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Aftermath of Typhoon Hagibis that killed reportedly 33 in Japan seen in dramatic images

Posted at 4:47 PM, Oct 13, 2019

Dramatic photos show the destruction in Japan caused by heavy rains and flooding brought by Typhoon Hagibis, which has killed as many as 33 people.

The typhoon made landfall near Izu Peninsula in Shizuoka prefecture in central Japan -- south of Tokyo -- just before 7 p.m. local time Saturday, according to local officials.

Heavy rain caused 14 rivers around the country to flood, public broadcaster NHK reported, according to The Associated Press.

Several people were stranded in their homes, and rescue operations continued into Sunday, AP reported.

Local residents are rescued by Japapnese Defense-Force soldiers from a flooded area caused by Typhoon Hagibis in Kakuda, Miyagi prefecture, Japan, Oct. 13, 2019 (Kyodo via Reuters).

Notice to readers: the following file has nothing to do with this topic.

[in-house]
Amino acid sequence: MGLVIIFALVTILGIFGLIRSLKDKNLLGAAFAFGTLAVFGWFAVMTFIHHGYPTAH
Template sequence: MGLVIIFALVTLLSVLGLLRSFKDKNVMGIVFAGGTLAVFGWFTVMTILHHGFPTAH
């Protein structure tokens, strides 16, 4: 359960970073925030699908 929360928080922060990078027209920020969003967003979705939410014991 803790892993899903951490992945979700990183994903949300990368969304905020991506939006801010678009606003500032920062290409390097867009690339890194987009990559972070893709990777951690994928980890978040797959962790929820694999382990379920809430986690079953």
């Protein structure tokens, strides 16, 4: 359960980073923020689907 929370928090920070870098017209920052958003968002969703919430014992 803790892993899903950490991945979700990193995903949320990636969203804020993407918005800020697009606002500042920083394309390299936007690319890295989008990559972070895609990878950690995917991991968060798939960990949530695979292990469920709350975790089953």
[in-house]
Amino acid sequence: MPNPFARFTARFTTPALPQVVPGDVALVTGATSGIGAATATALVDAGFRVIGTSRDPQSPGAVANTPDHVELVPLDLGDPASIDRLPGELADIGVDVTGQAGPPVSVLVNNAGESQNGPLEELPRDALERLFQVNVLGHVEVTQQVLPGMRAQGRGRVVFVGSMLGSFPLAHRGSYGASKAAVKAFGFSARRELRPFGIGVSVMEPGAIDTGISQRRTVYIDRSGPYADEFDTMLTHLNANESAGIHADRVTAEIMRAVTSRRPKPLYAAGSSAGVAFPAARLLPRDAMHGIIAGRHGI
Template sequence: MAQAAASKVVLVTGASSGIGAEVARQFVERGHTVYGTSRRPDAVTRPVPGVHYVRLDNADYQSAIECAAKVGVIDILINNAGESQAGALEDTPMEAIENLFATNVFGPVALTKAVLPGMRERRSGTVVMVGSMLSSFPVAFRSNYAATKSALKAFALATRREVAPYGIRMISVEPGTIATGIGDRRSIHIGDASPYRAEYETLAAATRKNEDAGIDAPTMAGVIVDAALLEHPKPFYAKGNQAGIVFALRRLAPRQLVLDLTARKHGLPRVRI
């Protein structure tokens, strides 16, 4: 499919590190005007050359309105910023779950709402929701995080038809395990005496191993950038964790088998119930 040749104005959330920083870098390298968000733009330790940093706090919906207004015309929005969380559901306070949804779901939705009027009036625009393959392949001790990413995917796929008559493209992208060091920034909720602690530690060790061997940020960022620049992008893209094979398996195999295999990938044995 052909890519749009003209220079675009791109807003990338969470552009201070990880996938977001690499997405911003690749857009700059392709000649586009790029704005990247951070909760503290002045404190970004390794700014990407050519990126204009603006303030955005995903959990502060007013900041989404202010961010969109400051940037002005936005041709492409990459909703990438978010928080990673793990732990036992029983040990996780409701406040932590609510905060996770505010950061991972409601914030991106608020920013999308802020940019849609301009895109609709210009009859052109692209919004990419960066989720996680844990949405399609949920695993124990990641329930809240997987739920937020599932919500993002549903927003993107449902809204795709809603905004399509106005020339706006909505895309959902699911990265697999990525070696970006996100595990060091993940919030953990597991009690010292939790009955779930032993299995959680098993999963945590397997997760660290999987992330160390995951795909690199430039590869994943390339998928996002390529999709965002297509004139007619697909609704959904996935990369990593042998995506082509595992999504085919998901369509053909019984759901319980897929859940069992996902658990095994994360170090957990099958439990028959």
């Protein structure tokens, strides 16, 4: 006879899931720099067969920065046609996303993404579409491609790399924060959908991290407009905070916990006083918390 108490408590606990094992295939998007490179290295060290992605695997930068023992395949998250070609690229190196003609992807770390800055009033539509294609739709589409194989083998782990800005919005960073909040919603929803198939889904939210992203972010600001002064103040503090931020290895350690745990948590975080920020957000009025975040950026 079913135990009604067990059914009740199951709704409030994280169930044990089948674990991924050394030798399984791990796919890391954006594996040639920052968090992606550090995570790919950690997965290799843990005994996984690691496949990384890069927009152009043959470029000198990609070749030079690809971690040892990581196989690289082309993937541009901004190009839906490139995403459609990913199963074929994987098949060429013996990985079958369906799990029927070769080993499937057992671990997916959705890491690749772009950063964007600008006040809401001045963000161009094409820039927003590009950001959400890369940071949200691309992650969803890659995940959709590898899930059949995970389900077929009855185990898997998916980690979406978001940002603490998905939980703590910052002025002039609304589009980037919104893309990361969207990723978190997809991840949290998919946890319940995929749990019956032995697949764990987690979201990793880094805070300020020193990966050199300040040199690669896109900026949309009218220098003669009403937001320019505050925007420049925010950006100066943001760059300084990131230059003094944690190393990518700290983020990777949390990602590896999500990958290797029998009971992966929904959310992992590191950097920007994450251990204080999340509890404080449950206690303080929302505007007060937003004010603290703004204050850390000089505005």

An aerial view shows residential areas flooded by the Chikuma river, caused by Typhoon Hagibis in Nagano, central Japan, Oct. 13, 2019 (Kyodo via Reuters).

A woman in her 70s was killed after she was dropped about 130 feet to the ground while being transported by a rescue helicopter in Iwaki city in Fukushima prefecture, which was devastated by the storm. She had not been strapped in property, officials with the Tokyo Fire Department said in a news conference.

The number of fatalities from the storm was conflicting. Japan's Fire and Disaster Management Agency said 14 people had died, 11 were missing and 187 were injured, but the agency tends to be conservative in its counts, according to AP.

Carl Court/Getty Images
Search and rescue crews sort through the debris of a building destroyed by a tornado shortly before the arrival of Typhoon Hagibis, Oct. 13, 2019, in Chiba, Japan.

However, Japanese media agency Kyodo News reported that 33 people had been killed and 19 were missing as a result of the typhoon.

A photo taken from a Kyodo News helicopter, Oct. 13, 2019, shows houses in Nagano, central Japan, submerged after the Chikuma River overflowed due to Typhoon Hagibis (Kyodo/Newscom).

The Fire and Disaster Management Agency said that more than 1,200 homes were flooded and 517 were damaged. Government spokesman Yoshihide Suga told reporters early Sunday that some 376,000 homes were without power and 14,000 homes did not have running water.

ABC News' Anthony Trotter contributed to this report.